Django Unchained was arguably the most controversial movie nominated for an Oscar during this awards season due not to its brutal violence, but its liberal use of racial epithets. That Christoph Waltz won an Academy Award for Best Supporting Actor just adds to the list of injustices surrounding the movie. He should have been nominated for the Best Actor award instead.
Ostensibly, Django Unchained revolves around the titular protagonist’s (Jamie Foxx) quest to free his wife (Kerry Washington) from the clutches of the evil plantation owner Calvin Candie (Leonardo DiCaprio).
The savant-like Dr King Schultz (Waltz), a bounty hunter of above-average intelligence, wit and ability with firearms, aids Django in his quest.
I was aware of the criticism surrounding this movie even before its release and deliberately avoided reading any reviews (good or bad) to enable me to view the film with an open mind. According to director Quentin Tarantino, the aim of the movie was to empower the black American community by giving them a new idol.
“I’ve always wanted to explore slavery … to give black American males a hero … and revenge. … I am responsible for people talking about slavery in America in a way they have not in 30 years.”
In his revisionist telling of slavery, Tarantino has managed to add to the obfuscation of American history and further erode the notion of a post-racial world. (The term post-racial has gained credence in the USA since the election of President Obama to define a society devoid of racial preference, discrimination, and prejudice.)
As a Tarantino spectacle (gratuitous violence, entertaining setups, witty dialogue), Django Unchained passes all tests in much the same way that his other revisionist movie Inglorious Basterds did. But here the similarities end.
It is by critically analysing their differences that the audience understands the failures of the former and, indeed, the notion of a post-racial society.
While both movies deal with difficult periods of history (American slavery and Nazi persecution of Jews during World War II), the protagonists in Inglorious Basterds are afforded a level of complexity and character not present in Django Unchained.
Brad Pitt and his cohorts are framed as intelligent, self-determinant individuals who band together to rid the world of Nazis. Their quest –although driven by revenge at the injusticestargeted at their fellow Jews – is altruistic and in the service of humankind.
Conversely, the black slaves are reduced to buck-toothed, simplistic, over-sexed behemoths driven by base instincts; we know little about Django except his burning desire to free his wife. This desire is apparently so great that he routinely chooses to not help other slaves when opportunities arise.
These same slaves, as shown in the opening scene, are also incapable of seizing emancipation even when their captors are eliminated. (In this particularly nefarious scene, Dr King hands the chained slaves the key to remove their shackles, but they choose to lumber towards their former captor and beat him to death with sticks. This invokes the memory of the Early Man clubbing a woolly mammoth for dinner.)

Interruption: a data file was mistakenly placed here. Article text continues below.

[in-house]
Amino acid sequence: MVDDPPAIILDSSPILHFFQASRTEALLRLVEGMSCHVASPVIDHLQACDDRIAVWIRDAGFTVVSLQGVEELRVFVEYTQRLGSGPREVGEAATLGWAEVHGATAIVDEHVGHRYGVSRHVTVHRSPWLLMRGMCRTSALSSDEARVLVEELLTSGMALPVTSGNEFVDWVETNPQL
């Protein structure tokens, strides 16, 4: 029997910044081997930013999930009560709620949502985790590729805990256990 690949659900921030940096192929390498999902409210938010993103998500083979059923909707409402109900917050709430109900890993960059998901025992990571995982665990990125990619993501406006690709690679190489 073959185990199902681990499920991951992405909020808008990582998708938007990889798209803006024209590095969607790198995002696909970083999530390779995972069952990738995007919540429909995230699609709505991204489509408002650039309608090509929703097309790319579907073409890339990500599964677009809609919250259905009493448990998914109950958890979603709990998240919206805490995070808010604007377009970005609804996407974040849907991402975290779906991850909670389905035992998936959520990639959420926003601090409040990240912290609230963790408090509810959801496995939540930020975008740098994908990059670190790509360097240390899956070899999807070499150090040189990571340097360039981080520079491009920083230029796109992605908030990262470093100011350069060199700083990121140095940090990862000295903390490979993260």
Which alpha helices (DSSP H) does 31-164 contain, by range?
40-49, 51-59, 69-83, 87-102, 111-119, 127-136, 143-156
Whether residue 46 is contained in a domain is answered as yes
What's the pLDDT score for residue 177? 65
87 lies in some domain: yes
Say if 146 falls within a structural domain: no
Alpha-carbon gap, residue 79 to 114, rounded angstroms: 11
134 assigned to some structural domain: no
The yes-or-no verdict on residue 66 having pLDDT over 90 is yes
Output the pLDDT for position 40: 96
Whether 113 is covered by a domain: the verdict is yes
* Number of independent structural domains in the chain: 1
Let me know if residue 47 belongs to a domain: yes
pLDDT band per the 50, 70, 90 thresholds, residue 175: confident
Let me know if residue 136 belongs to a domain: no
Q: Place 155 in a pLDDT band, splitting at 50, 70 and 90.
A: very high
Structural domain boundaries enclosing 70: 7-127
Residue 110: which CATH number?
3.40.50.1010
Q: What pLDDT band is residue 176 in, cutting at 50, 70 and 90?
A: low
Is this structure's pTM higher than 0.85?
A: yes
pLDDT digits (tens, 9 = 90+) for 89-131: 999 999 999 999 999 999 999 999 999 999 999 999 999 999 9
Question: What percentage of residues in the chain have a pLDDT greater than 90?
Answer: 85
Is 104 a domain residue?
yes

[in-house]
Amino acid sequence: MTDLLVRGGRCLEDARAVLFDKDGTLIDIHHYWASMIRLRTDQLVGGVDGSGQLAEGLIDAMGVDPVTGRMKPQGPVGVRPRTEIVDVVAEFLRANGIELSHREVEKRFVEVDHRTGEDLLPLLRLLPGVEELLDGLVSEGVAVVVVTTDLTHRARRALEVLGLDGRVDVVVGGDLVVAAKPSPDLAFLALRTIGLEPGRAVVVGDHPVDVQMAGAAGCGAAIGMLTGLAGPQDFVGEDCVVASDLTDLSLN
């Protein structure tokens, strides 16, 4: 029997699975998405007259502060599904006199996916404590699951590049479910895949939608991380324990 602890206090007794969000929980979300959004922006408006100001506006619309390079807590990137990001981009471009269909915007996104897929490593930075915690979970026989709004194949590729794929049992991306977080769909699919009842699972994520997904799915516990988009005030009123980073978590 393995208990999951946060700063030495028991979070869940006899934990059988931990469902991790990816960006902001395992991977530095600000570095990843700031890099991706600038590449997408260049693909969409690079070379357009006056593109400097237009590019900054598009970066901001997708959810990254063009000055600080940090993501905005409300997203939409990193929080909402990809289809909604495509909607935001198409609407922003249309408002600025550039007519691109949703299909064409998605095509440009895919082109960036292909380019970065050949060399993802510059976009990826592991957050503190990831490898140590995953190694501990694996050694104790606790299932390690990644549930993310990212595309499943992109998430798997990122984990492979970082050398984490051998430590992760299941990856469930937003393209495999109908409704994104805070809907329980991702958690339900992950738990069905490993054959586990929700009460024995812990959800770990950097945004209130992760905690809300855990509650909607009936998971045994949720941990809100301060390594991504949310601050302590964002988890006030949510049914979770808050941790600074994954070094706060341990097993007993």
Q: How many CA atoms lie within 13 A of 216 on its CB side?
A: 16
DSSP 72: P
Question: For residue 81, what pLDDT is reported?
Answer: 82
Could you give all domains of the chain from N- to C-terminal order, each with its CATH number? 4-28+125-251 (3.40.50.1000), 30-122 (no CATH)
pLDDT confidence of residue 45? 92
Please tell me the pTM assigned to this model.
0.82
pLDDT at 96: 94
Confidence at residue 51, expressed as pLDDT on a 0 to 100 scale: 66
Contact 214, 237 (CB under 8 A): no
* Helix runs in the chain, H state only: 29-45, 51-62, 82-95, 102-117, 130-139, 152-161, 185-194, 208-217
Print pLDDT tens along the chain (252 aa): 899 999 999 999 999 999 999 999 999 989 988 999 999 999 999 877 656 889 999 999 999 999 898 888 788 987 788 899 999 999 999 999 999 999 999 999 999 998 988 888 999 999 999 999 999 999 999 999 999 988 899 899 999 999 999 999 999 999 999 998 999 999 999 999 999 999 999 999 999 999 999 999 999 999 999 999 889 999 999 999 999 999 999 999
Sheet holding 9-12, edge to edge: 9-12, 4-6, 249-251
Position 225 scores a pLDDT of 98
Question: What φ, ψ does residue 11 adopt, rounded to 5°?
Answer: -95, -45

Similarly, the black people in Django Unchained literally remain chained throughout the movie.
Dr King is the driver of the narrative – Django is merely his gun-toting sidekick. We know Dr King is challenged by the immorality around him, his actions reflect this, but we do not know what really drives Django, other than reuniting with his wife. Why does he not help his fellow disenfranchised?
This is never explored and implies an intrinsic, selfish nature to black Americans who achieve a level of success. Notice how President Barack Obama is often castigated for not doing more for black Americans and the disenfranchised? We are never in doubt about what drives the main characters in Inglorious Basterds. Their honour, courage and sense of duty are never in question.
Tarantino, and mainstream media in general, remain guilty of building the very stereotypes they profess to destroy.
In his quest to bestow a hero upon the black American community, Tarantino has given the world yet another negative stereotype about that community.
The black hero is one-track minded and has no desire to help anyone else, dresses like a modern-day pimp in shiny suits and still needs to be driven by a white elder-figure to attain ‘greatness’.
Contrast this with other superheroes that often show empathy for society and even their arch-nemesis. Perhaps the most contentious issue with Django Unchained is usage of the N-word – it was used 177 times. This cannot be justified by the movie aiming to remain true to the epoch. Movies have dealt with racially charged periods without overusing puerile invective. Indeed, the Jewish heroes in Inglorious Basterds are never on the receiving end of similar racial epithets, despite encountering an enemy who viewed them as sub-human.
Django Unchained cannot be viewed as an anomaly. Tarantino is a seasoned director who knows how to court controversy to boost box office takings. It is difficult to believe the studio would invest more than $100 million for this to all be a gamble.
This investment included the manufacture and licencing of action figures depicting slaves. Are we going back to the times of the gollywog dolls? Where were the Brad Pitt figurines and concentration camp sets to promote Inglorious Basterds?
This movie is essentially black-American history as told through the lens (quite literally) of a white man. The pernicious stereotypes Tarrantino employs – stereotypes much of the mainly-white audience barely notice – insidiously undermines the notion of a post-racial society.